Thursday, April 29, 2010

DIY: Container Gardening

Nebraska's frost-free date is right around the corner. Do you have May 10 circled on your calendar? Tobias and I can't wait to get started on our container garden.

Container gardening is the perfect solution for people with limited planting space or mobility issues. Container gardens can add a wonderful splash of color to an outdoor living space, make an entryway more inviting and provide fresh herbs for the kitchen.

Are you ready to get started?

Consider the size of the plants in relation to the size of your pot. It is important to leave a little bit of growing room. Most annuals will come with a tag that will have the mature height and width of the plant. This information is very helpful when planning your design. Different heights and textures will add interest and depth to your pots. Tobias prefers the large foliage plants, while I tend to go for the flowers, but a nice combination of both foliage and flowers makes for a design appealing to the eye.

Water and fertilizer are the keys to healthy, continuously blooming containers. When a plant is blooming, it is using an incredible amount of energy and nutrients to produce those flowers. However, when a plant doesn’t get enough moisture it goes into survival mode, which usually means dropping its blooms to conserve energy. Fertilizing your plants will provide them with the nutrients they need to keep flowering. There are many different fertilizers on the market and most people have a favorite. I have had great success with organic fertilizers. I look for organic fertilizers made specifically to increase blooms. It is important to read and follow the directions on the package. I like to find a fertilizer that can be applied weekly. I then alternate fertilizer and root starter once per week. Root starter can be found in the fertilizer section. With this schedule, you are supporting both top and root growth for a healthy, vigorous plant.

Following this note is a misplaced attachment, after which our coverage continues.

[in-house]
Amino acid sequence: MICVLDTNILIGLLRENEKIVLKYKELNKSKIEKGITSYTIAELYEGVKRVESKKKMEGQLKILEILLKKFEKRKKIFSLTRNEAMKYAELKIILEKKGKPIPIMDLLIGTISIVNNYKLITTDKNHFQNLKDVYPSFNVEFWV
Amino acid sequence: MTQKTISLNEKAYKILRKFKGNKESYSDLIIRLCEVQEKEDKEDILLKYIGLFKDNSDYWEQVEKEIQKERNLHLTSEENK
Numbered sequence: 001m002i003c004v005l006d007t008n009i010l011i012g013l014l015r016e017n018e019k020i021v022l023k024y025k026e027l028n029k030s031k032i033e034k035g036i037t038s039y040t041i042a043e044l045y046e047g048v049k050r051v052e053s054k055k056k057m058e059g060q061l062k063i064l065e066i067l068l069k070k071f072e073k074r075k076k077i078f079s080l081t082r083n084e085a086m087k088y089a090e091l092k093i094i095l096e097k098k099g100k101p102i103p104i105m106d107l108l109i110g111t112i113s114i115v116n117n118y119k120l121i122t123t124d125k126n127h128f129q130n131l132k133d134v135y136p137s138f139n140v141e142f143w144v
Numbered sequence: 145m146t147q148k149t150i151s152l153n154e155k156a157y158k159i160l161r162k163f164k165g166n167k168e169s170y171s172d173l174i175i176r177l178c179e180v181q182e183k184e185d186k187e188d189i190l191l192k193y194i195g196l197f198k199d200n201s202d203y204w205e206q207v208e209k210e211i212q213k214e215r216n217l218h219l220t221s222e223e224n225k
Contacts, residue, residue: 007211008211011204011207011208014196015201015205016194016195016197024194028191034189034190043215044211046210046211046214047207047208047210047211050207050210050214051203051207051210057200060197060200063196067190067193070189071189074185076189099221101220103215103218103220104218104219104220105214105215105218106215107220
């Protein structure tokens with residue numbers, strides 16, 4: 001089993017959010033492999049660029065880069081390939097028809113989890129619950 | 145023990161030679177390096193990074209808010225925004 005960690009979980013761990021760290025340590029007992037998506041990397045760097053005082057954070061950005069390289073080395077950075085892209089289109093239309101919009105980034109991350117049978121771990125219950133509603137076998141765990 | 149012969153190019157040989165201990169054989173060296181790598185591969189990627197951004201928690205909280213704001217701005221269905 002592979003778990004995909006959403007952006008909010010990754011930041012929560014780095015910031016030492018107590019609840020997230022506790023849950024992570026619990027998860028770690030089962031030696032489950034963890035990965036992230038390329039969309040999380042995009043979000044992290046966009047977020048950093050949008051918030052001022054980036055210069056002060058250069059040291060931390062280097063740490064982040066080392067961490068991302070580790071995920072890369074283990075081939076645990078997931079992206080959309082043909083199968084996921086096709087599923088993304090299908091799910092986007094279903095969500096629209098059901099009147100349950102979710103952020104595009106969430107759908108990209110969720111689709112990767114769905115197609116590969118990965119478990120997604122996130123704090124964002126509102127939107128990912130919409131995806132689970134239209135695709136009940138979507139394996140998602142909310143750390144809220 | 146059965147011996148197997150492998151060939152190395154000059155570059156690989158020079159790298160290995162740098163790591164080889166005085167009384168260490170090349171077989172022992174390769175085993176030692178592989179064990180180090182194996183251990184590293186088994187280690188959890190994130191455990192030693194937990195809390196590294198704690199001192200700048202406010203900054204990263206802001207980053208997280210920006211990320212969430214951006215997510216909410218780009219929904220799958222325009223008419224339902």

Removing spent blossoms (sometimes known as dead-heading) will also help your annuals keep flowering. When a blossom is done flowering, the plant actually uses a considerable amount of energy to get rid of the flower. By removing the spent flowers, the plant can use the energy to grow and to put on new blooms. This is more important for some annuals than for others. Geraniums will benefit from dead-heading more than a plant with small flowers like Lobelia.

Tobias and I hope you enjoy container gardening as much as we do. You can get more information on container gardening AND see a picture of Tobias and one of his pals in the May newsletter, so go to our website and check it out. Better yet, if you don’t already receive our newsletter, you can subscribe right from our website's home page.

We’d love to see pictures of your projects. Feel free to send them to us at Until the next time, happy gardening!
Rachael and Tobias (Meow!)

No comments:

Post a Comment